Catecholamines can induce adenosine receptor-mediated protection of the myocardium but do not participate in ischemic preconditioning in the rabbit.
The role of catecholamines in ischemic preconditioning is unclear. Accordingly, the effects of tyramine-induced norepinephrine release and alpha 1-receptor blockade were examined. Ischemic preconditioning with a 5-minute coronary occlusion 10 minutes before a 30-minute ischemic interval resulted in only 7.7 +/- 3.1% infarction of the risk area, significantly less than that in control rabbits with isolated 30-minute coronary occlusions (34.4 +/- 3.2%, P < .01). Intravenous infusion of tyramine 10 minutes before 30 minutes of ischemia also protected the heart from infarction to an extent similar to that seen with ischemic preconditioning (6.9 +/- 2.4% infarction). This protection observed with tyramine infusion was eliminated by alpha 1-receptor blockade with BE 2254 (36.8 +/- 2.6% infarction) but was unaffected by beta-blockade with propranolol (10.5 +/- 2.4% infarction). Furthermore, the protection was unaffected when the tyramine-induced hypertension was attenuated by allowing blood to flow into a volume reservoir (3.9 +/- 0.8% infarction, P < .01 vs control value). The nonselective adenosine-receptor blocker PD 115,199 also eliminated tyramine-induced protection (40.2 +/- 5.6% infarction), indicating that adenosine is involved in adrenergic-mediated protection. BE 2254 could not block ischemic preconditioning (3.9 +/- 1.1% infarction, P < .01 vs control value). Therefore, catecholamine release before prolonged ischemia can protect the heart from infarction via the alpha 1-receptor, but adenosine receptor stimulation is also involved. alpha-Adrenergic stimulation does not appear to be critical to the protection observed after ischemic preconditioning.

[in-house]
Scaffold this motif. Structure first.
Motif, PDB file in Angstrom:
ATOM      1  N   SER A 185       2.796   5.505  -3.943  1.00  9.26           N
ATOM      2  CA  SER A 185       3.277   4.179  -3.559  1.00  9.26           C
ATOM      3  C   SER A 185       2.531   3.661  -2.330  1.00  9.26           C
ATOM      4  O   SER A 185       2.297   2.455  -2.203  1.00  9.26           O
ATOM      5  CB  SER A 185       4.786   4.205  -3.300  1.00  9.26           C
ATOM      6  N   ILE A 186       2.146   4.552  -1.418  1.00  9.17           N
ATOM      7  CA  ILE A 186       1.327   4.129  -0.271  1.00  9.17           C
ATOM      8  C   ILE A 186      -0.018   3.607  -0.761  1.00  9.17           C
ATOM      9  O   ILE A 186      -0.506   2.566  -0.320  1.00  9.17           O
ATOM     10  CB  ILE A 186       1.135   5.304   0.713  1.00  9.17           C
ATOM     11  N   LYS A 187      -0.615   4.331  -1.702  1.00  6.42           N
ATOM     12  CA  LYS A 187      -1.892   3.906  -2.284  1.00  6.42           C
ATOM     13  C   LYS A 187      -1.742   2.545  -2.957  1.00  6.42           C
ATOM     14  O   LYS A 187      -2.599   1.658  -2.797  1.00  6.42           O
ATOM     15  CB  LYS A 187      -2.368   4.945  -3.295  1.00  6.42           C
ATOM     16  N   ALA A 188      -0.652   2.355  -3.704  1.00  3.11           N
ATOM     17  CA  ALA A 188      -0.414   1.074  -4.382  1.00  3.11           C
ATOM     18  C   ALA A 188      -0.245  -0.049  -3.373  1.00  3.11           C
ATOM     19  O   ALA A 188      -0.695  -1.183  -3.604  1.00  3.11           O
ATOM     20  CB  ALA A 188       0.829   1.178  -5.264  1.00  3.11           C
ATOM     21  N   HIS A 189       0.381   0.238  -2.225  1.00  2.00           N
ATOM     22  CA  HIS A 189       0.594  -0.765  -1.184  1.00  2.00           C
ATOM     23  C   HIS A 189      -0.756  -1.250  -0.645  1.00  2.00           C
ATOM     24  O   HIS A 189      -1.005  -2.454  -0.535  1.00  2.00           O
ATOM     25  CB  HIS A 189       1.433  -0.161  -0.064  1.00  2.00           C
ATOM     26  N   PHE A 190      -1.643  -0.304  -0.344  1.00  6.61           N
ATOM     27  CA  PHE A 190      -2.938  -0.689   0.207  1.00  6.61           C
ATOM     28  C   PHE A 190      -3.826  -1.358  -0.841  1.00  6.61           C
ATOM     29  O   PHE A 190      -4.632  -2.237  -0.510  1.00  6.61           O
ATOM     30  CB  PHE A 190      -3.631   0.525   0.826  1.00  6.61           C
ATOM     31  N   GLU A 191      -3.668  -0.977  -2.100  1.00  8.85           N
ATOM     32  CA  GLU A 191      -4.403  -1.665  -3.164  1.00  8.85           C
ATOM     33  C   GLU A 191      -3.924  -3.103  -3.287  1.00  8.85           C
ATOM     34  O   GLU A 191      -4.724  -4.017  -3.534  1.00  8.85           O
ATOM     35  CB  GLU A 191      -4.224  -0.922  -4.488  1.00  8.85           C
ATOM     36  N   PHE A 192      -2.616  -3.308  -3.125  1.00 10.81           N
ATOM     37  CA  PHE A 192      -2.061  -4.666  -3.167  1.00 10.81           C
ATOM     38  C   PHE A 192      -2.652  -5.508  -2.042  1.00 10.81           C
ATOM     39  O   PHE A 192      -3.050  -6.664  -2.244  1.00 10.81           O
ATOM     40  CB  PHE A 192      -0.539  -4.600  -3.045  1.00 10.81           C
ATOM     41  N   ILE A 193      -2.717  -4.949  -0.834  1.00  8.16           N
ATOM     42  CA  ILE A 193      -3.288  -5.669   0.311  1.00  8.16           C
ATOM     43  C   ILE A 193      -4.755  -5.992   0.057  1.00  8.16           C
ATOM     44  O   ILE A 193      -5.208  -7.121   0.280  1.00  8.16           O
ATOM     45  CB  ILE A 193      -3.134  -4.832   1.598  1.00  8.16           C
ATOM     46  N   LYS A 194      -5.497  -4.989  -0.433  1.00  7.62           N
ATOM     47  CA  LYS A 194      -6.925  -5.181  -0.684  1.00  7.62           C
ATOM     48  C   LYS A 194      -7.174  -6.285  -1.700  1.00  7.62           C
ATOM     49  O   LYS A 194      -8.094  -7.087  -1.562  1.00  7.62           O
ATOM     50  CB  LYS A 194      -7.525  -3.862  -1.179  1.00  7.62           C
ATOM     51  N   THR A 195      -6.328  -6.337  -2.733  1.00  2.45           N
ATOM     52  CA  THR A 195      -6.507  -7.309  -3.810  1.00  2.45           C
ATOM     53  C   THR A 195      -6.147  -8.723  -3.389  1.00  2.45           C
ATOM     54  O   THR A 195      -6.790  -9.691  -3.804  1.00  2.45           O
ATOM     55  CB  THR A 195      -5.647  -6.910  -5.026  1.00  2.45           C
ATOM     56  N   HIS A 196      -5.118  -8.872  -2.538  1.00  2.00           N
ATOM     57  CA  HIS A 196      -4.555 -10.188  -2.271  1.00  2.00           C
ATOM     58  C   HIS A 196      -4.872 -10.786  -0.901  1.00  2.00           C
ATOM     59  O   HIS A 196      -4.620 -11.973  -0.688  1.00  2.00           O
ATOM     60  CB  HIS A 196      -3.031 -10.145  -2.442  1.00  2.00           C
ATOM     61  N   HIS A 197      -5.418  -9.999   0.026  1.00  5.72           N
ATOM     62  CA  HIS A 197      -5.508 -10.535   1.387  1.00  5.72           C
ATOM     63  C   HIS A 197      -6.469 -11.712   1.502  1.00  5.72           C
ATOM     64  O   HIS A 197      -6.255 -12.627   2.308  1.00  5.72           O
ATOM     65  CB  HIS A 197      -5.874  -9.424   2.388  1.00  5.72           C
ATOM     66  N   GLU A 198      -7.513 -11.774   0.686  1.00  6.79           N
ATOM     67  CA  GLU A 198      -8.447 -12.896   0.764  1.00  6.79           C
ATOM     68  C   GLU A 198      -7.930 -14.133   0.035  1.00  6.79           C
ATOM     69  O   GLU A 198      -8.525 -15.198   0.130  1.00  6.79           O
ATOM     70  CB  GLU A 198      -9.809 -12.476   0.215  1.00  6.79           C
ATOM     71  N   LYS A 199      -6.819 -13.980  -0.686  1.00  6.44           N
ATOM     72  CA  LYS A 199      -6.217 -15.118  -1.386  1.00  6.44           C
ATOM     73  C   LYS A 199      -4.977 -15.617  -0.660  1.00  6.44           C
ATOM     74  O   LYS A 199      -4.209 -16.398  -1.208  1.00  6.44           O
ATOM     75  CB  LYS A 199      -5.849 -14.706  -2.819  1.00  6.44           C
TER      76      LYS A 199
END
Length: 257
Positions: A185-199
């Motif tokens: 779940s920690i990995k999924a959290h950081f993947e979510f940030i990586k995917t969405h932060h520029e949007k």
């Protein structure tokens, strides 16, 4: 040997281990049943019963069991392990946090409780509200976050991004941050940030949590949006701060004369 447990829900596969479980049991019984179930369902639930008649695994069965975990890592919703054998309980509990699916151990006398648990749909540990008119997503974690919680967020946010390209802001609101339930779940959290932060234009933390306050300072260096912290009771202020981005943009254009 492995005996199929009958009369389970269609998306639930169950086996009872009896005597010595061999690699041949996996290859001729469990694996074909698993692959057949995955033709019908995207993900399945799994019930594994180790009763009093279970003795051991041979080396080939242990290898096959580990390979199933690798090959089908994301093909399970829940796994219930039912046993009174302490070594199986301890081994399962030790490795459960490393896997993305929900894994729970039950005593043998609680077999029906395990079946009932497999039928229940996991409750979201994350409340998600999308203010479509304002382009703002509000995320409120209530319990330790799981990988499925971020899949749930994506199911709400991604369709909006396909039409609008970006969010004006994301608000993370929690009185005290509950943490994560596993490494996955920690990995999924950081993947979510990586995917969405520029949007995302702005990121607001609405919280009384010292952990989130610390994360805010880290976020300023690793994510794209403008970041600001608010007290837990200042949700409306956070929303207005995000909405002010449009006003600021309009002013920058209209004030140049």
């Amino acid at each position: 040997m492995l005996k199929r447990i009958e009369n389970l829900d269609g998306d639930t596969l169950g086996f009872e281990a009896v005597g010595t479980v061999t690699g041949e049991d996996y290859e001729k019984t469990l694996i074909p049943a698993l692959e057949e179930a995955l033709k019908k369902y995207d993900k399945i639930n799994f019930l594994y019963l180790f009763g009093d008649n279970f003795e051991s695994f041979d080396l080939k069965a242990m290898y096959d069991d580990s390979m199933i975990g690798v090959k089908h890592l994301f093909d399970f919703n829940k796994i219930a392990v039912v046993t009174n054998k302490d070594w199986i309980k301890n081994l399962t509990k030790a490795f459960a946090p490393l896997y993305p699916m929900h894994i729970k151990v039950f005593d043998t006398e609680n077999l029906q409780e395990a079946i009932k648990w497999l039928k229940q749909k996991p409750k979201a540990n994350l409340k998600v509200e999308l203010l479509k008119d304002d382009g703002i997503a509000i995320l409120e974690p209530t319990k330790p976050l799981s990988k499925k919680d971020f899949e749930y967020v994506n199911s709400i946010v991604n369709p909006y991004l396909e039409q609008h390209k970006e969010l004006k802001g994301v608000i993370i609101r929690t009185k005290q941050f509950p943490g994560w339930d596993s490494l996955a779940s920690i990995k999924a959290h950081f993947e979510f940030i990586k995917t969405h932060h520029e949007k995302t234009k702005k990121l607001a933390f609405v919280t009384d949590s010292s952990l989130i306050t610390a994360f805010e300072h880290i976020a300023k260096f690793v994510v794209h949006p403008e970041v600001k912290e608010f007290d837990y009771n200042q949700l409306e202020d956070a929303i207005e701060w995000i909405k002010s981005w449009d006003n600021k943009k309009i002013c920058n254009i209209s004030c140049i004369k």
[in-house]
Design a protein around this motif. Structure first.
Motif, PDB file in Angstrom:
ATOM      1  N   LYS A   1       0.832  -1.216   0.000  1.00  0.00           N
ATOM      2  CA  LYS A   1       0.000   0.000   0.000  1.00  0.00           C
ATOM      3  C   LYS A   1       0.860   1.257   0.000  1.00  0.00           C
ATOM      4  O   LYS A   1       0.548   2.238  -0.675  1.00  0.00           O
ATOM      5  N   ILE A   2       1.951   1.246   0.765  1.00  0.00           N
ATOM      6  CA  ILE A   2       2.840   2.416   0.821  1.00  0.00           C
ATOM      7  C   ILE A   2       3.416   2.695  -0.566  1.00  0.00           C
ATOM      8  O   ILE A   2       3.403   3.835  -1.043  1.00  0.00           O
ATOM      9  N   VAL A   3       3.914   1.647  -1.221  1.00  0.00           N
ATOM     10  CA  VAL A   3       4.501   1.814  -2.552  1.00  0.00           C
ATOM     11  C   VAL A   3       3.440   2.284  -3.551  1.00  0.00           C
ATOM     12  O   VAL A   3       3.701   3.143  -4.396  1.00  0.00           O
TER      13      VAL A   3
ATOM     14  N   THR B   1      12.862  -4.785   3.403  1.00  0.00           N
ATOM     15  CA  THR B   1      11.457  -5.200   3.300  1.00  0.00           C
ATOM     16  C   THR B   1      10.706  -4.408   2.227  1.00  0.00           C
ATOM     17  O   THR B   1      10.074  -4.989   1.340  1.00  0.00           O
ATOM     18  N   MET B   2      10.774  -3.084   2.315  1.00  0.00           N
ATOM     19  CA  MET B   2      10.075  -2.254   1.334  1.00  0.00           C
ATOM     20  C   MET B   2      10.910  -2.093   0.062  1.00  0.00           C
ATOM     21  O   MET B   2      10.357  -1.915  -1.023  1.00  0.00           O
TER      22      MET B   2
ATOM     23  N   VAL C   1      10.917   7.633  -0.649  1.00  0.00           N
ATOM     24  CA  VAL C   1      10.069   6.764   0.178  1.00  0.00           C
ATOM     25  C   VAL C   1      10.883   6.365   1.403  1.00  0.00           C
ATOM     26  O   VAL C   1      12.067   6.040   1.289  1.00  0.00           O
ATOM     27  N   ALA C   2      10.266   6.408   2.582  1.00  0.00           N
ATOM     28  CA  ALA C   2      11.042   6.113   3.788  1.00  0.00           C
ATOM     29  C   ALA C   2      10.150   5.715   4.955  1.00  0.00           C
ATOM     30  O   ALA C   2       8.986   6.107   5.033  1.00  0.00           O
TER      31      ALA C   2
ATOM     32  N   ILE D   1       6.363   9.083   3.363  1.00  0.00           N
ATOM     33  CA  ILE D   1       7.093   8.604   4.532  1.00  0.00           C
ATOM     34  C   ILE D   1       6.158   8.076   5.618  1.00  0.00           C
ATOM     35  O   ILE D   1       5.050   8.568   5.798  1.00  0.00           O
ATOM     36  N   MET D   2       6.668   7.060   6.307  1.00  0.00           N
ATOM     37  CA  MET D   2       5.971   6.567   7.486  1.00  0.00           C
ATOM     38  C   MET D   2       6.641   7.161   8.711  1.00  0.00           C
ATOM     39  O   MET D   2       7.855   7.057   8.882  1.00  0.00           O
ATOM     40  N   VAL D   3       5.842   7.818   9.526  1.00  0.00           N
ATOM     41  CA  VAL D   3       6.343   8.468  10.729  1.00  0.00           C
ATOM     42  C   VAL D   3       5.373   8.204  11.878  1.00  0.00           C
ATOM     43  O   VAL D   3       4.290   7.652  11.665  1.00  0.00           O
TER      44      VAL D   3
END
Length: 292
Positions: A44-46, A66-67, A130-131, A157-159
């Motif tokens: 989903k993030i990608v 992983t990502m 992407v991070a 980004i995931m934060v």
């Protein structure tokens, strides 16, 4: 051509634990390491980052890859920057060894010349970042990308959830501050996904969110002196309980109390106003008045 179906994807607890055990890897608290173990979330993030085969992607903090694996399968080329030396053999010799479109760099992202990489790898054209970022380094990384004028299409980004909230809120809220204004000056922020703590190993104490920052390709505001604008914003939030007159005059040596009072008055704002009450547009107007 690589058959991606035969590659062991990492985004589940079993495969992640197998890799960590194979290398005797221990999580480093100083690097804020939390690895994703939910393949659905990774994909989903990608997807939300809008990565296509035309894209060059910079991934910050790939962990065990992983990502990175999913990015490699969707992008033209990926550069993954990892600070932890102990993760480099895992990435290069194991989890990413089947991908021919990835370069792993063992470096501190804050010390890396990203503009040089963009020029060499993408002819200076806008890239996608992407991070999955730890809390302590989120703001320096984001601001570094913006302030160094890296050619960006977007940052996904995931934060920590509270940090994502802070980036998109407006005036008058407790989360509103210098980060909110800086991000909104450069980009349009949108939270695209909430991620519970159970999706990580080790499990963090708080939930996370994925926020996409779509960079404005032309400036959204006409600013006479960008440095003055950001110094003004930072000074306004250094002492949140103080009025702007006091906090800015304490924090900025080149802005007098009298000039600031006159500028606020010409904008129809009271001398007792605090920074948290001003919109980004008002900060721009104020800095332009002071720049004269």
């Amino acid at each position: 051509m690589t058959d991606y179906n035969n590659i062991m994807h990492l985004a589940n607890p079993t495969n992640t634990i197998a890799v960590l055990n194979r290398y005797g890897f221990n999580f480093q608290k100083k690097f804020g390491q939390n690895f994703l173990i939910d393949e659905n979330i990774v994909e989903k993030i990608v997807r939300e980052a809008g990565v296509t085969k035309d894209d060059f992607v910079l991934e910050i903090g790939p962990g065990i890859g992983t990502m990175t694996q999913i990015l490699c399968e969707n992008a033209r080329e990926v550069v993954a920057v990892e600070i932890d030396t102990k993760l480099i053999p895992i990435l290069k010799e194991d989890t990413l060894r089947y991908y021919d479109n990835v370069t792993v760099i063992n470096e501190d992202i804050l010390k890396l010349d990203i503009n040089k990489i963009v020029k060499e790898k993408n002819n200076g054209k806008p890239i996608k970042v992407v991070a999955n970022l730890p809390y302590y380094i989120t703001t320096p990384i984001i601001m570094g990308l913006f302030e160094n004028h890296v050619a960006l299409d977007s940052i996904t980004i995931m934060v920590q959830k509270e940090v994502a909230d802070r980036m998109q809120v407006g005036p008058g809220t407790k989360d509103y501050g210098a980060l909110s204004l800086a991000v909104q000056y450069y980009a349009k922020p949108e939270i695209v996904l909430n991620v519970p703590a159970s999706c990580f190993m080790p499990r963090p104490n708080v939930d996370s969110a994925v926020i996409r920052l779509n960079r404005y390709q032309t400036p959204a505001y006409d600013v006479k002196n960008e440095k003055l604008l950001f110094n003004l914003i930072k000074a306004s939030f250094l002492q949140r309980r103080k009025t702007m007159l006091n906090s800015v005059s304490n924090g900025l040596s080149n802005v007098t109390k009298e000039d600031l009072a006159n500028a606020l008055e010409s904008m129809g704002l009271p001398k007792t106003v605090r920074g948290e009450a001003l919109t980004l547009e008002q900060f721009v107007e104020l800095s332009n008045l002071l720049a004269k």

- Copyright © 1993 by American Heart Association